Submitted to: National Cotton Council Beltwide Cotton Conference
Publication Type: Proceedings
Publication Acceptance Date: 1/11/1996
Publication Date: N/A
Citation: N/A Interpretive Summary: Vapor pressure is the fundamental driving force for moisture changes in cotton, the attraction for cotton for moisture is a temperature dependent manifestation of vapor pressure. Data from drying system tests and equilibrium moisture level data was used to relate moisture levels to vapor pressure of cotton and air in the dynamic temperature conditions in gin dryers. Areas of incomplete data were shown and designs for tests needed to develop the data were suggested. With a complete profile of the dynamic temperature and vapor changes in cotton drying systems the most efficient and effective processes for conditions encountered could be designed. This would save the ginning industry energy costs and also would enable high efficiency cleaning of cotton without using conditions that now cause fiber damage.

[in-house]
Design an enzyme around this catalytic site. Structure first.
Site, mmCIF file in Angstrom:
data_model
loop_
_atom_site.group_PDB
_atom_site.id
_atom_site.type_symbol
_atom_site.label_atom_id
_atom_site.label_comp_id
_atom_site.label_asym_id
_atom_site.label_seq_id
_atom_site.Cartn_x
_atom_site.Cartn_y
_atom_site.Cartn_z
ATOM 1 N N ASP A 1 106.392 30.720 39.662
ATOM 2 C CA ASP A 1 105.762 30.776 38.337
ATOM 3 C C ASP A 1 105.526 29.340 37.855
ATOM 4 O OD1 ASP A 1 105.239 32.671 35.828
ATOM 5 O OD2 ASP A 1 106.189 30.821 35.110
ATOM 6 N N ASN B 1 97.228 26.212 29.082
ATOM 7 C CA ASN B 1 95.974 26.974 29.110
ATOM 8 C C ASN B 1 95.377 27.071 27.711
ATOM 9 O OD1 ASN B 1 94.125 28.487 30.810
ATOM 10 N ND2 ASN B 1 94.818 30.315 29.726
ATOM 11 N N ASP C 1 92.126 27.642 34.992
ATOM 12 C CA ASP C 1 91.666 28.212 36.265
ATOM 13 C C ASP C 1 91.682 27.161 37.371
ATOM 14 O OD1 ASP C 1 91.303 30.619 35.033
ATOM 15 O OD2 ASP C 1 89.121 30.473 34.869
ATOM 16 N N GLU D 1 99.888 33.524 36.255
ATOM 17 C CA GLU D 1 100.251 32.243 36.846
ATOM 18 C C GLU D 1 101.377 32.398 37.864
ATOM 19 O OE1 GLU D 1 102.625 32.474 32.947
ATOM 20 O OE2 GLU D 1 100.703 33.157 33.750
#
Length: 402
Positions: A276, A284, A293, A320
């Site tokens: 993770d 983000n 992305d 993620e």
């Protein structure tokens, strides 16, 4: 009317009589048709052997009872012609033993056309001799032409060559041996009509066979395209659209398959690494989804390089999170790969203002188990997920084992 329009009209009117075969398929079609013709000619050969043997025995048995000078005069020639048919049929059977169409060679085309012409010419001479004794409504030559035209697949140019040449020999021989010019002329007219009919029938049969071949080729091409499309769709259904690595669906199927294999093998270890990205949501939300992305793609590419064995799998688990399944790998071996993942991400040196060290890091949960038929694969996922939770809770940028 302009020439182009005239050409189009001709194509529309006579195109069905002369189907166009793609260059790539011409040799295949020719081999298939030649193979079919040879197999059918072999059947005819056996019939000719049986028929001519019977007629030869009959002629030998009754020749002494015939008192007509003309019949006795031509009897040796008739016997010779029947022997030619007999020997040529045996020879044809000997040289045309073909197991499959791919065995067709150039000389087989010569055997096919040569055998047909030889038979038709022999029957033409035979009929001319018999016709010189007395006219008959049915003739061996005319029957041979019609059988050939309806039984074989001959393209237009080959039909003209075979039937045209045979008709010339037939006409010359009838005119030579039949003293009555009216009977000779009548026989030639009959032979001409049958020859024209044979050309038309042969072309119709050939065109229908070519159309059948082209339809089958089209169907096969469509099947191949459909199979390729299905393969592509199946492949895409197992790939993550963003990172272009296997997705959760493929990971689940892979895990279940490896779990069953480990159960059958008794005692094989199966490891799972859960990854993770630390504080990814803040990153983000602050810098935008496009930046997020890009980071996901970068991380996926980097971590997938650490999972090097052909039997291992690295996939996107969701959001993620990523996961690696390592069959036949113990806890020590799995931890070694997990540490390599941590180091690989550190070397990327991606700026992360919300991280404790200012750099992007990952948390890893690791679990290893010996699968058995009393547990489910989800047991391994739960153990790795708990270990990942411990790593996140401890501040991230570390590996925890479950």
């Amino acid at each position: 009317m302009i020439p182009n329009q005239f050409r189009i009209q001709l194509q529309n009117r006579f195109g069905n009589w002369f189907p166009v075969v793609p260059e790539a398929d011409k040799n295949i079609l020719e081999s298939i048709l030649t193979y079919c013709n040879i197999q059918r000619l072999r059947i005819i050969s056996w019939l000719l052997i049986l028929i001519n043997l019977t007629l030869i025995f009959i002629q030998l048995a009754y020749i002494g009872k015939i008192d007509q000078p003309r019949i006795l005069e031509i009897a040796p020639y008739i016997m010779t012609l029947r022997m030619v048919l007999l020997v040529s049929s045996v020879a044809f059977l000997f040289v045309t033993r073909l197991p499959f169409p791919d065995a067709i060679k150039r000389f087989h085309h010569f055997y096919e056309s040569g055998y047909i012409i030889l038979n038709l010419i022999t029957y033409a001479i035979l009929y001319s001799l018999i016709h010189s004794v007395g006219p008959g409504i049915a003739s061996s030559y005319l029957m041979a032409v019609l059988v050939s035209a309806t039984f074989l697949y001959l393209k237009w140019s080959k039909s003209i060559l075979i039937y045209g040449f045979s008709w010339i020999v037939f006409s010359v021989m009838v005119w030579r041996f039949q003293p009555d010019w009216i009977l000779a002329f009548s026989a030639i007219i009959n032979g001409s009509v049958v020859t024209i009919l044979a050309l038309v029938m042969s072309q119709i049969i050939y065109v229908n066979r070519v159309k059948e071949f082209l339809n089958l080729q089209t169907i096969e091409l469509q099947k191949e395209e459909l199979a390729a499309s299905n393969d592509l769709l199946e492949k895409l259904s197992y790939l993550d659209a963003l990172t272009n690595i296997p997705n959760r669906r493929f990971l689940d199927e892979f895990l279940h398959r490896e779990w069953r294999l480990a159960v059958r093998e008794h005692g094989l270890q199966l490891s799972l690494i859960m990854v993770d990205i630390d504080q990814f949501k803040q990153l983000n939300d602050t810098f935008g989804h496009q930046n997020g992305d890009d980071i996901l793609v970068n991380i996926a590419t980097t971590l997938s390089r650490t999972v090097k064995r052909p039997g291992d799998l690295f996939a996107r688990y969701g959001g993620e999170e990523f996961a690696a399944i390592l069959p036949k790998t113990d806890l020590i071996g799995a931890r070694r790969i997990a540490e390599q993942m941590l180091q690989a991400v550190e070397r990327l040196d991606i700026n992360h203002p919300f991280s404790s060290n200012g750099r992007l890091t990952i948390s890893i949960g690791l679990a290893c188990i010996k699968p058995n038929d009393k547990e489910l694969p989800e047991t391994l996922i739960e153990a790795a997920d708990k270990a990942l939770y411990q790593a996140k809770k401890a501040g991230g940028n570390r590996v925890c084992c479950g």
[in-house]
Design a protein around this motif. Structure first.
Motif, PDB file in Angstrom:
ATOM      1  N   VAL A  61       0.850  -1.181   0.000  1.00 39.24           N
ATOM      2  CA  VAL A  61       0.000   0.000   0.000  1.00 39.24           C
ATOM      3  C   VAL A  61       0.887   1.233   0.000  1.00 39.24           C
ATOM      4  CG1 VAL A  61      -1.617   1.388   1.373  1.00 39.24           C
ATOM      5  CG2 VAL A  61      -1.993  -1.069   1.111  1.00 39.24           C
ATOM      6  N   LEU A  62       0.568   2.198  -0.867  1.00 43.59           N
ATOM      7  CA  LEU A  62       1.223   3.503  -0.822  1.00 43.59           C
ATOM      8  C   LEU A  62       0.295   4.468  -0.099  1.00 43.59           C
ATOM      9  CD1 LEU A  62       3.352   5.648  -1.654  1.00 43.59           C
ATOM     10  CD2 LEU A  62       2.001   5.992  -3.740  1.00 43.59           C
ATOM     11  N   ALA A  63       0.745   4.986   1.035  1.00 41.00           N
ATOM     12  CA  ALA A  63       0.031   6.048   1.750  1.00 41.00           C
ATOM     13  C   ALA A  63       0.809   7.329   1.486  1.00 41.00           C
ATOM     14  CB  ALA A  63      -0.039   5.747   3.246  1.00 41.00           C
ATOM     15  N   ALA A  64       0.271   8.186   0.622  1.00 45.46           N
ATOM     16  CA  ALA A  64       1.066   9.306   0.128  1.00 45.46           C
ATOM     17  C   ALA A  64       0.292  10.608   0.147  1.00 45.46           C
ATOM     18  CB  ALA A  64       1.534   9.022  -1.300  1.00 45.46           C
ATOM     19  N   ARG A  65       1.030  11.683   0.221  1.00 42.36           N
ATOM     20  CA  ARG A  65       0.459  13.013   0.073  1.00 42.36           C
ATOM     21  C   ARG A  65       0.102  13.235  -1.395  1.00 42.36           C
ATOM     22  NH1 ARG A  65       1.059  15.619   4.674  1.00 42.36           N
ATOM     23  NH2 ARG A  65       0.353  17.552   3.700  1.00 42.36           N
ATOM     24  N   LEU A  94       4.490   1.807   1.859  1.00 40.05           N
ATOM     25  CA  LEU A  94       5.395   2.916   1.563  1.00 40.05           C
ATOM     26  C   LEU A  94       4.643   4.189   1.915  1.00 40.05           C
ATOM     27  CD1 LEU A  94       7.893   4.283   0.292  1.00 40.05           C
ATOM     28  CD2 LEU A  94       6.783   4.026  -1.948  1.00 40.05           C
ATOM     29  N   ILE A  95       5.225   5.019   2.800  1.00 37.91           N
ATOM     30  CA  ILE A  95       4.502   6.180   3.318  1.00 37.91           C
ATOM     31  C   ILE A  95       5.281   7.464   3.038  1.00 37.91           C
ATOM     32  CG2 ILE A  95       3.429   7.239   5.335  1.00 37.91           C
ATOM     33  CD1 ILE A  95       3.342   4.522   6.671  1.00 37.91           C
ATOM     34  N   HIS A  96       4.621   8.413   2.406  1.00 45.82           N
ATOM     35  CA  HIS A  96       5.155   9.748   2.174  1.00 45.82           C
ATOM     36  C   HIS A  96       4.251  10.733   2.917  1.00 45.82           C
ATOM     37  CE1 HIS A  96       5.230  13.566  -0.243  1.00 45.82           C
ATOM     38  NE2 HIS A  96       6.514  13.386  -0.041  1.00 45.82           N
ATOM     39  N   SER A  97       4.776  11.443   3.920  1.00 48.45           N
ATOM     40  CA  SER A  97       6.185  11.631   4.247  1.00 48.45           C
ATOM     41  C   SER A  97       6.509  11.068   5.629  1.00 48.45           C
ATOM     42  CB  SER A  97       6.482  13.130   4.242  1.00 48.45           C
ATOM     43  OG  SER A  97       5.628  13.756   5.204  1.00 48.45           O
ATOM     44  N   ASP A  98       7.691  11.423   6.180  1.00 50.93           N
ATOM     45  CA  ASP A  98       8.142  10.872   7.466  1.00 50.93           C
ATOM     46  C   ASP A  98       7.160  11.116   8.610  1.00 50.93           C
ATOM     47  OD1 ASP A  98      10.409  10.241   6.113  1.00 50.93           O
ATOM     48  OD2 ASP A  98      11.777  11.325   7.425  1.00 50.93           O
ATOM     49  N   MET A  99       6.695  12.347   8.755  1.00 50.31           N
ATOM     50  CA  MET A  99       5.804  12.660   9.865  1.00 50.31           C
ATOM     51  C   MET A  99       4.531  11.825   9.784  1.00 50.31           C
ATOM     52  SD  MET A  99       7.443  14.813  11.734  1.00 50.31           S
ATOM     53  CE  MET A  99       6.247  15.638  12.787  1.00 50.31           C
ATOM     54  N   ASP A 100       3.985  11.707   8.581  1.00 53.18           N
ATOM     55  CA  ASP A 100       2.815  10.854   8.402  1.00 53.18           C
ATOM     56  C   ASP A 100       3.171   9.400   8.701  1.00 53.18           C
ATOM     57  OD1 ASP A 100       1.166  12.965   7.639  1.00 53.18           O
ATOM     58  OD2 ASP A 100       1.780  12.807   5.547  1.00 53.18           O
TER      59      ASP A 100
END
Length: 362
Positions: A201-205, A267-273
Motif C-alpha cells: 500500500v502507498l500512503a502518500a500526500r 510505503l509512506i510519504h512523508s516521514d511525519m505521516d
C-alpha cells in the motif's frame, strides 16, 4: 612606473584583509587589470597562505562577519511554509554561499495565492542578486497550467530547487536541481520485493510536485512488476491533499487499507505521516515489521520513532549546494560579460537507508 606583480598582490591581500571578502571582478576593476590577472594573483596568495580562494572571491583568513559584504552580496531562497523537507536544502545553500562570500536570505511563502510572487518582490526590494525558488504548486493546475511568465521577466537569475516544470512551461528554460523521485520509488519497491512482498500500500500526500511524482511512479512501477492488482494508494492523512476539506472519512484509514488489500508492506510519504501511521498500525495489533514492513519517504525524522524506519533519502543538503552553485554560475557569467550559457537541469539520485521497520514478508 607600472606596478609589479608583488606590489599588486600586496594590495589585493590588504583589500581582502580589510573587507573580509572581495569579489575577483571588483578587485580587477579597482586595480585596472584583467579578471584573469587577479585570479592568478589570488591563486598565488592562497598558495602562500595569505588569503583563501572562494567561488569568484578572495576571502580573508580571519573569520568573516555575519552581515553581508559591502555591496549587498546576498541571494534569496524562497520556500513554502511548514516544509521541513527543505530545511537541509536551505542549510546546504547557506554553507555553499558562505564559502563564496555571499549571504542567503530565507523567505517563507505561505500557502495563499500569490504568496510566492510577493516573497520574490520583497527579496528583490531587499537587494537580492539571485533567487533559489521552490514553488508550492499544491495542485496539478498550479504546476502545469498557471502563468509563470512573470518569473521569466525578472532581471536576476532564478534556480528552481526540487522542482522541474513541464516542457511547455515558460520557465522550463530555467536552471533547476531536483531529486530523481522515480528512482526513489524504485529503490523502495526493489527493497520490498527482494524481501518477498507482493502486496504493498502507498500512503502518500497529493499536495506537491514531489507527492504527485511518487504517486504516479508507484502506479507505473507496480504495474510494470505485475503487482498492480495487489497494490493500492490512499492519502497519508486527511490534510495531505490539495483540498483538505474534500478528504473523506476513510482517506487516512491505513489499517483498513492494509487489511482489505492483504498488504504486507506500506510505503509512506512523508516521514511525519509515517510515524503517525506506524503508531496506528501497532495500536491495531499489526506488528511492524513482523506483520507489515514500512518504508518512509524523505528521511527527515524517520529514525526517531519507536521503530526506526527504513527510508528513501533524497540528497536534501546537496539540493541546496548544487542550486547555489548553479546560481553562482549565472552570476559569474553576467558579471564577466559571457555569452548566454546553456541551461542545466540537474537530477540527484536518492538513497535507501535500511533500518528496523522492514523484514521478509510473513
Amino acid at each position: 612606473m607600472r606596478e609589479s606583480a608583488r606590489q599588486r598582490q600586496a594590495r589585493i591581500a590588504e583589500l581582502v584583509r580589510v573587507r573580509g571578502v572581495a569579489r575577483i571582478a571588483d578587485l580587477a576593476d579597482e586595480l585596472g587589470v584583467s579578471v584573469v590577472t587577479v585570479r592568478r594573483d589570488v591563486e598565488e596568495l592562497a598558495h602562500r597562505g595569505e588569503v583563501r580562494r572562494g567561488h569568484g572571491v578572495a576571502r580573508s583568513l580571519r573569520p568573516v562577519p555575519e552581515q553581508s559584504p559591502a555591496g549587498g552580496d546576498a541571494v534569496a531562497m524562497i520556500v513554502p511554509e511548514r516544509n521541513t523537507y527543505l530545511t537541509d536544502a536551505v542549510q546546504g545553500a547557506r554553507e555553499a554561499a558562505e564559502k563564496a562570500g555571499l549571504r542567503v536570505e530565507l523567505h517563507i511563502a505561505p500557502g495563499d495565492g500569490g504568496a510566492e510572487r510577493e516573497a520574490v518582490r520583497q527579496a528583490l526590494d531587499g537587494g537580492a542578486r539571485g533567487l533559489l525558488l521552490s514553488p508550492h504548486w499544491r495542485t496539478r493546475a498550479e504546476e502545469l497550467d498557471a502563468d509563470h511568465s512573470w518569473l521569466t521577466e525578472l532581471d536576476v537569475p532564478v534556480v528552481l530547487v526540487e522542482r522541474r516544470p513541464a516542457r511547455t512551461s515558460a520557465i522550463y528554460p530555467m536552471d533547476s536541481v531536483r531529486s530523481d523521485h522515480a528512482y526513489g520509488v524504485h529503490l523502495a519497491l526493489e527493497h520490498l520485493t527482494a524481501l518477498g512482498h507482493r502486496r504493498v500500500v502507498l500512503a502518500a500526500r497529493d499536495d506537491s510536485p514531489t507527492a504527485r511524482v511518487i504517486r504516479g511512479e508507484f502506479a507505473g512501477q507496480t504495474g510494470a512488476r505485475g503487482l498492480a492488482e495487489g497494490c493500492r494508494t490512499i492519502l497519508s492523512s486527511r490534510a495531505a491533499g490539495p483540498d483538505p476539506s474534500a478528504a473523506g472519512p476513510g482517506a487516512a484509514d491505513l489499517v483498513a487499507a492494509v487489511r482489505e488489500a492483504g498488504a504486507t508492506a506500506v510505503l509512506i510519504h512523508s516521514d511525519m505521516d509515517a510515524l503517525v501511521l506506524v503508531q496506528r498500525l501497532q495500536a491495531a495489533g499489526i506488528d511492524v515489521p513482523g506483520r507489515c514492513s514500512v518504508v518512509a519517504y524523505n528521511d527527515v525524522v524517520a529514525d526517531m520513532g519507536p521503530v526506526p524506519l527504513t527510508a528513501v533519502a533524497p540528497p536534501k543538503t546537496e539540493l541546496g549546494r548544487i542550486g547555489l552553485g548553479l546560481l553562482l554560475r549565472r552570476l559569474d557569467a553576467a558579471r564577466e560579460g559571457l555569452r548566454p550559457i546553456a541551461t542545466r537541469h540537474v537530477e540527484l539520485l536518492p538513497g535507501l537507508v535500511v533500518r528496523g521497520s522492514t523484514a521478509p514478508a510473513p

Technical Abstract: Cotton gin drying systems were mathematically modeled using calculations based on laboratory data showing drying rates for small samples. The model was used to predict expected moisture transfer rates for different components of machine-stripped cotton in typical cotton gin drying systems. The calculated results were compared with actual results for two types of gin drying systems. The source of apparent rewetting that has been noted in seed cotton downstream of gin drying systems was examined using vapor pressure relationships. Possible ways for modifying drying processes to compensate for drying rates, and to maintain the drying gradient are suggested. The results show that some rethinking of cotton gin drying processes is in order and additional research is needed. Fundamental data showing vapor pressure for cotton in terms of temperature and moisture level is needed so that it can be integrated with vapor pressure and temperature data for air to describe the interactions through the entire drying system and allow design of ways to compensate for imbalances originating from the drying process.